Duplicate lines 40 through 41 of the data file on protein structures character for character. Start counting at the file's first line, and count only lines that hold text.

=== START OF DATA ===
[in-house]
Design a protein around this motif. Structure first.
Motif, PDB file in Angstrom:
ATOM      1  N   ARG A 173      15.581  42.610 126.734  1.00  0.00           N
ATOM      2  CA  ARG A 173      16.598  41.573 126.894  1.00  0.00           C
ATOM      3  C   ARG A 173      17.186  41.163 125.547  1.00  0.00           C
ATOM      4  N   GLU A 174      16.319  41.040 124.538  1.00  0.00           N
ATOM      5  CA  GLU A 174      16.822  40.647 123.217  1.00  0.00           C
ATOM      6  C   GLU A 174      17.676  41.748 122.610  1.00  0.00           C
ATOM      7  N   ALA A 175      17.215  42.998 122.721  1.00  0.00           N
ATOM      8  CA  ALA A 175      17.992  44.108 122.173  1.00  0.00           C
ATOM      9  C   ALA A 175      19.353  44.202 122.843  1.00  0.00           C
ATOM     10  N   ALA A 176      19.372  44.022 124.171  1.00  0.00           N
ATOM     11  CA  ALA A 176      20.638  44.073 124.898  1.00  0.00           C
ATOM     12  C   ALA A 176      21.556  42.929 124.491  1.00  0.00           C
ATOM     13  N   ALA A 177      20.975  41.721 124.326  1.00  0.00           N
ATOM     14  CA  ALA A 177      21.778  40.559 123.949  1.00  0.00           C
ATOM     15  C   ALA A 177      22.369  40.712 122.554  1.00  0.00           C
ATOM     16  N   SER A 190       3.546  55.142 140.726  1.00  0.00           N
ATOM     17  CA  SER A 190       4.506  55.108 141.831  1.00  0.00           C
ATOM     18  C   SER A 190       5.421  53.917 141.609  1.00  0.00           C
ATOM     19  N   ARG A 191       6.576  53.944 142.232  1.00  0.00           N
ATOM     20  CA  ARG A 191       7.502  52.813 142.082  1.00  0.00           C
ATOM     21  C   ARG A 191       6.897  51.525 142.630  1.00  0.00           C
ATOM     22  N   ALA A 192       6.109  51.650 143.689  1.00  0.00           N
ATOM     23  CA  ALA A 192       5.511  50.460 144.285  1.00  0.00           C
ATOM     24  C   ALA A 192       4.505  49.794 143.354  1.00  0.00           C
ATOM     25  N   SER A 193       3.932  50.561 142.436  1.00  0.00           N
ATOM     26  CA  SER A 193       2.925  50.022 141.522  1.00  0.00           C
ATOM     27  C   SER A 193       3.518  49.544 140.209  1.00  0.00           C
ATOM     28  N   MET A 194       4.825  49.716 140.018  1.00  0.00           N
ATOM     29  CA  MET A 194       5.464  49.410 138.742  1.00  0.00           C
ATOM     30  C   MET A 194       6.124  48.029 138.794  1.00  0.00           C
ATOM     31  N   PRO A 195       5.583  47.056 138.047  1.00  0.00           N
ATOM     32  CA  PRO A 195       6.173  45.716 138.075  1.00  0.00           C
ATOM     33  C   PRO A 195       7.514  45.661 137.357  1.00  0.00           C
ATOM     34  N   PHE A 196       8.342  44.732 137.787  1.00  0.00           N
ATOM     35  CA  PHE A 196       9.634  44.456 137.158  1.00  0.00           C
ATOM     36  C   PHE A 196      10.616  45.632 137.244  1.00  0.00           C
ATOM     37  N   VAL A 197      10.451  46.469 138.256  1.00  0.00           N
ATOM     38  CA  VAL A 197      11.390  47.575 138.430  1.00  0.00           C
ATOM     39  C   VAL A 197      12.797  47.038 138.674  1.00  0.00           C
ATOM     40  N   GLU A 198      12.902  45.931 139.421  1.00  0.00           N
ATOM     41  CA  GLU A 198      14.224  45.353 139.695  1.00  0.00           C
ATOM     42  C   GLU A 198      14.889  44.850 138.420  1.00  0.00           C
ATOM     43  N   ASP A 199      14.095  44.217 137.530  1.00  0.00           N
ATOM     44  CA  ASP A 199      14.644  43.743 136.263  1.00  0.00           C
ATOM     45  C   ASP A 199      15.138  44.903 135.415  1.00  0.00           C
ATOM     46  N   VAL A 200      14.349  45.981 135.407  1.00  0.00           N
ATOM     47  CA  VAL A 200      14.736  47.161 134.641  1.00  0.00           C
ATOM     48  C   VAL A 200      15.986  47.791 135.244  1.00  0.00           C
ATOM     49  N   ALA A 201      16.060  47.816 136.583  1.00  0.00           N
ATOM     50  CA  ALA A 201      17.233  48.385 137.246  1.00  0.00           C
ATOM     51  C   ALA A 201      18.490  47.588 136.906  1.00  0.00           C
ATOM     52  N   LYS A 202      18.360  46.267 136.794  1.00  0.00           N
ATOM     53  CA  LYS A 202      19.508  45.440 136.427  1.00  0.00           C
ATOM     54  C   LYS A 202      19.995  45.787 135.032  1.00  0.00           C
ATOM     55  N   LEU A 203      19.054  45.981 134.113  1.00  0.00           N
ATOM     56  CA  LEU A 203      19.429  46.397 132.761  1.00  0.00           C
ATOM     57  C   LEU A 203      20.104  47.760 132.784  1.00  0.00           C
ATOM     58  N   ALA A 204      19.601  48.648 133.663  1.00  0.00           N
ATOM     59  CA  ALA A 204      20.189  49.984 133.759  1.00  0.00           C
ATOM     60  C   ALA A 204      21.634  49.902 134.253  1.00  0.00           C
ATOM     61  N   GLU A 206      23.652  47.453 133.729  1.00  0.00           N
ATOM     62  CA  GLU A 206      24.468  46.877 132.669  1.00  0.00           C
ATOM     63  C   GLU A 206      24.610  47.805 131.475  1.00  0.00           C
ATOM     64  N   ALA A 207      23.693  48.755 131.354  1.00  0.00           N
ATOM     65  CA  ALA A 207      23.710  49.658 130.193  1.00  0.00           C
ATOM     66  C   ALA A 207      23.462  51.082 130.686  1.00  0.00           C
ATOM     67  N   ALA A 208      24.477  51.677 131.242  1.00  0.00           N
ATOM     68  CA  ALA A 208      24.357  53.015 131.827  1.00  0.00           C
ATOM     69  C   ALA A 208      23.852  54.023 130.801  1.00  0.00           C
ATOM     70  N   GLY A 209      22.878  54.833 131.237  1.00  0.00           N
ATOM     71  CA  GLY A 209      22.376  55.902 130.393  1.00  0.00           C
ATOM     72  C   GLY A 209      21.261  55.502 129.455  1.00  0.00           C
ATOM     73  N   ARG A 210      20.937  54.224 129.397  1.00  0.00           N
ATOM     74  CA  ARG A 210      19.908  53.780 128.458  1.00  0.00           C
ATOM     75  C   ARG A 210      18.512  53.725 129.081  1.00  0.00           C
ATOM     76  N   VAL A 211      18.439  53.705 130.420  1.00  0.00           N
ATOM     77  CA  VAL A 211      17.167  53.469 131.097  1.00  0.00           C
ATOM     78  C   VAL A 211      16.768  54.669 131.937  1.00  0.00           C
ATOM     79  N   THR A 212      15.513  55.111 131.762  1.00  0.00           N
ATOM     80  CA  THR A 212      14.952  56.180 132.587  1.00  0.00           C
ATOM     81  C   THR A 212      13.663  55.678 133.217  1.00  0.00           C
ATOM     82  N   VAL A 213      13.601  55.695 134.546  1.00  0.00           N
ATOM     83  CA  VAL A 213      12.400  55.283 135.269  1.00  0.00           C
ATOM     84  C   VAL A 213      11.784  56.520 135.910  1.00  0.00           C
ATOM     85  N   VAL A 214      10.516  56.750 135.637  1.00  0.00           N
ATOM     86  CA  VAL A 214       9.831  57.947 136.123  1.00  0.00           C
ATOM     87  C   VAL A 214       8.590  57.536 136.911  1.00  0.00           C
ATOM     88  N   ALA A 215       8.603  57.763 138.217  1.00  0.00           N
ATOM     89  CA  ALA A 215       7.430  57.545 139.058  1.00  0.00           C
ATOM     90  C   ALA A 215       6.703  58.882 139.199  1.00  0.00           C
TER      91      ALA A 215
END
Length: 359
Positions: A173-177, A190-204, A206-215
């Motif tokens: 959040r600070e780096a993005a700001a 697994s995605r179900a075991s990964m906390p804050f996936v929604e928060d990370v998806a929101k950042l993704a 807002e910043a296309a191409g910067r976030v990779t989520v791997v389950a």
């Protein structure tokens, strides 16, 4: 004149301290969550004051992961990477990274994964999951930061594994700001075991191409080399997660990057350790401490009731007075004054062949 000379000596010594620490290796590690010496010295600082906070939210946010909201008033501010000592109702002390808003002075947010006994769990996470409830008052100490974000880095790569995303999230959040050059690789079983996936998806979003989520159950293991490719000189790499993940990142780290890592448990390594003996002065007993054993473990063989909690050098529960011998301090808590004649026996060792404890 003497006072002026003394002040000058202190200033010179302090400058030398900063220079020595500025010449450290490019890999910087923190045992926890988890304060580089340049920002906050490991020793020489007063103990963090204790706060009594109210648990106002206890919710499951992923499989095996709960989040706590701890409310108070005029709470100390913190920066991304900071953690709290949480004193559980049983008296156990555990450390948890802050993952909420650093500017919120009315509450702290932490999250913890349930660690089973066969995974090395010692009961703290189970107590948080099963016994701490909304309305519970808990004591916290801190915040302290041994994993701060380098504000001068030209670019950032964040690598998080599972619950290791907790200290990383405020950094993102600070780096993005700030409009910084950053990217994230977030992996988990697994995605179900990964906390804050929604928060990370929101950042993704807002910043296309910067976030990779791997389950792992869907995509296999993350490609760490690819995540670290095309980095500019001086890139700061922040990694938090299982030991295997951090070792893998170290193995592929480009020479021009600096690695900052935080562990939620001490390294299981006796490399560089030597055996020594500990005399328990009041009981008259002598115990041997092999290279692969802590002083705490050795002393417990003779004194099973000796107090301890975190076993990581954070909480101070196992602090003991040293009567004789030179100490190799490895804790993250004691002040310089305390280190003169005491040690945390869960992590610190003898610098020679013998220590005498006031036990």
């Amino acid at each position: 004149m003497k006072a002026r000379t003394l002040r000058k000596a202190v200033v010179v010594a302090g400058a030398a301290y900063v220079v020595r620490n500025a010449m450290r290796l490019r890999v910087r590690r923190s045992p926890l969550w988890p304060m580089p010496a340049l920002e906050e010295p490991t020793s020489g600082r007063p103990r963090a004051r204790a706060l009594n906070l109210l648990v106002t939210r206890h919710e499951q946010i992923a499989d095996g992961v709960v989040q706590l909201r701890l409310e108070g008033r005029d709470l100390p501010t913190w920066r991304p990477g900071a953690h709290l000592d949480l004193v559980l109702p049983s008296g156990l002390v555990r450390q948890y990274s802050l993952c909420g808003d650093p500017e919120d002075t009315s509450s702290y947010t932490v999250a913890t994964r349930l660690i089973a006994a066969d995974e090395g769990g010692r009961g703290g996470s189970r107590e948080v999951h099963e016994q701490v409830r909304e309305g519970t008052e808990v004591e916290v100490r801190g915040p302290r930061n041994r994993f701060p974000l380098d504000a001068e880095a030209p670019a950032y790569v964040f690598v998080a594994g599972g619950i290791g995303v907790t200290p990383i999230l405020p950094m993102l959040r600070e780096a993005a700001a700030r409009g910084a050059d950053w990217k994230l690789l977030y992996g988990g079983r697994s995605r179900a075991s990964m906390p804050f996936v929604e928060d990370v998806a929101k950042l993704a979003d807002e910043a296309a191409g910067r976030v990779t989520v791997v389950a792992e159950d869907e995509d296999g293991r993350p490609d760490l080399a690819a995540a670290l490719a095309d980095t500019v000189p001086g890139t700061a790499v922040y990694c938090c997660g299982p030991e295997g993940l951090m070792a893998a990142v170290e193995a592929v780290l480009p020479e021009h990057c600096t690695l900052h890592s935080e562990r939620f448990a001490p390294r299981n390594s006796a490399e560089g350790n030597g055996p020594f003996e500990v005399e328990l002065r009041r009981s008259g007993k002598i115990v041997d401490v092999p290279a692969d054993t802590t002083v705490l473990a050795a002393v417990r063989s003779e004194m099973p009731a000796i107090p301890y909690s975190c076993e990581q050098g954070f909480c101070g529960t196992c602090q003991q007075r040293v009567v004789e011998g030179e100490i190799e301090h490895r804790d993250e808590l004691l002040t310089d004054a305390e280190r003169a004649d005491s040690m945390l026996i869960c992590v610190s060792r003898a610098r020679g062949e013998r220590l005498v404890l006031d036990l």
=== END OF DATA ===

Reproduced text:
ATOM     37  N   VAL A 197      10.451  46.469 138.256  1.00  0.00           N
ATOM     38  CA  VAL A 197      11.390  47.575 138.430  1.00  0.00           C